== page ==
The sturdy young plant pictured at right is also being fed the new seed-free ultra-compost. It has sent out six tendrils (one is not visible in this picture) three of which are being rooted in another pot, which is out of frame below.

Looks like a good year for big, fat strawberries!

Meanwhile, deep in the shadowy recesses of the deep nature garden downstairs, the smaller wild strawberries have been blooming and fruiting for several weeks already. Those wild berries are small, but wow, what flavor they have.

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Always, with commercial agriculture, it seems like we have to compromise between flavor and nutrients on one hand, and sheer production mass on the other. Which is better?

I like the results when commercial strains are carefully grown with lots of love, hand-pruned and hand-fed, to create huge berries that actually taste good, that can be left to ripen naturally until they are bright red and plump. Yum!

But those little wild type berries sure are tasty.

A favorite plant is this sweet little blueberry bush, inherited from a neighbor. It was planted in this spot when it had only two tiny branchlets. The first year it bore nine berries, but what sweet, plump juicy treats they were.

This year, after a lush crop of more than 100 white-pink flowers, its six branches were laden heavily with plump, blue, edible gifts. While some of them were shared with the birds and slugs, most of them ended up inside of me. With the berries long gone the bush shows a different color as its leaves turn bright red.

Blueberries are in the family Ericaceae, a huge group that includes cranberries, heaths, manzanitas, madrones, strawberry trees, azaleas and rhododendrons. Most of these prefer low-fertility, acid conditions. My favorite close blueberry relative is Hawaii’s little red ohelo berry, which I have enjoyed while hiking in the lava fields near Kilauea volcano.

It’s hard to determine exactly what variety of blueberry this is. All of them are Vaccinium species, but there are several wild types and many cultivars. My best guess is that it is a hybrid of V. corymbosum (highbush blueberry) and V. angustifolium (lowbush blueberry). That would make it a half-high blueberry, very hardy and typically grown in California.

Follow back through time and read the previous blueberry post. From there you can follow further back to even earlier posts.

Do you remember the happy springtime raspberry bush? It has grown quite a lot, and now there are berries – but as anticipated, they are less than impressive.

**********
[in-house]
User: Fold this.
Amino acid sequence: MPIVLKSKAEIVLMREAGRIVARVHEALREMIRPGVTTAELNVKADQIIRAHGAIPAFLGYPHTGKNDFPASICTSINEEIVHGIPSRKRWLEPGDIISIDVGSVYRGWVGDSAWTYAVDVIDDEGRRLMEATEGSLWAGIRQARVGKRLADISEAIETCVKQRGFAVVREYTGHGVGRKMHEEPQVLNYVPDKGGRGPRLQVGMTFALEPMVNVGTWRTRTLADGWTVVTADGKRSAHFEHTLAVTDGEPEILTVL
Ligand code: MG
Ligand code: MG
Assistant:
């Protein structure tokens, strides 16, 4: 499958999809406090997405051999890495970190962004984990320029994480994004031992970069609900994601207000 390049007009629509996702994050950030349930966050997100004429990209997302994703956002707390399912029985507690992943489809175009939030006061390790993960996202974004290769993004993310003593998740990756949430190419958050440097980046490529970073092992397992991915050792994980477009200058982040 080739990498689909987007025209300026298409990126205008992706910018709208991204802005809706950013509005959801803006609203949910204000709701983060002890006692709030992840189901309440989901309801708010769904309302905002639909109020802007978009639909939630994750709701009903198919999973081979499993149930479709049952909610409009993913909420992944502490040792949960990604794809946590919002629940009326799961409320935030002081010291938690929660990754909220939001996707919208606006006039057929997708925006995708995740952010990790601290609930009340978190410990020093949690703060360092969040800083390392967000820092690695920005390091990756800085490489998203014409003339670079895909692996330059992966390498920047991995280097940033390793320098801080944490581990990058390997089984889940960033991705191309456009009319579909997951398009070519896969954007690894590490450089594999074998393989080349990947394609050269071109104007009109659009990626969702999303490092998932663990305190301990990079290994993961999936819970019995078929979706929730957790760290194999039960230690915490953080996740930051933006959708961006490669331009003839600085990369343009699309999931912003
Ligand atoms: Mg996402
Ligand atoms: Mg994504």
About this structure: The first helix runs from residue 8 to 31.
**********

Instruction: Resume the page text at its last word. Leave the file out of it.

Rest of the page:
Above is shown the very best stem of berries on the bush. It has three small berries, the largest of which has a mighty seven drupelets. Still, they are a pretty red color and the very tiny drupelets actually do taste like raspberry.

Most of the berries look more like the somewhat pathetic specimen at right, with two whole drupelets. Why are the berries so small? Very likely this bush is a hybrid between two commercial plants, whose genes got reassorted during the cross. Such hybrids rarely turn out to be of much edible value, whether the plant in question is a raspberry, radish, or rutabaga.

It is because of this quality hit from hybrid plants that heirloom seeds are so important for use in ecosystem farming. Heirlooms, if properly cultivated and pollinated, provide steady quality through many generations. Because of this long-term consistency, heirloom crops and other plants can also be more easily selected for new, better traits, which are easier to spot against the steady gene line.

UPDATE: A blast from the past and a more current photo.

Meanwhile, not far away something more impressive is growing. Remember the first blackberry flower? Now it and its sisters are growing into some very respectable looking berries:

The red color of this gorgeous specimen is intermediate between the hard, green berries and the luscious, ripe black ones. Most of the 50 or so blackberries on the canes still look more like the younger ones below, posing next to the rain gauge with leaves glowing in the sun:

Berries from previous years on these canes were delicious. This year’s crop is even larger! The size of the crop is especially interesting, considering that the canes are growing out of this container, featuring a carpet of moss and sedum, blackberry canes coming up at the right, and a happy carrot going to seed on the left: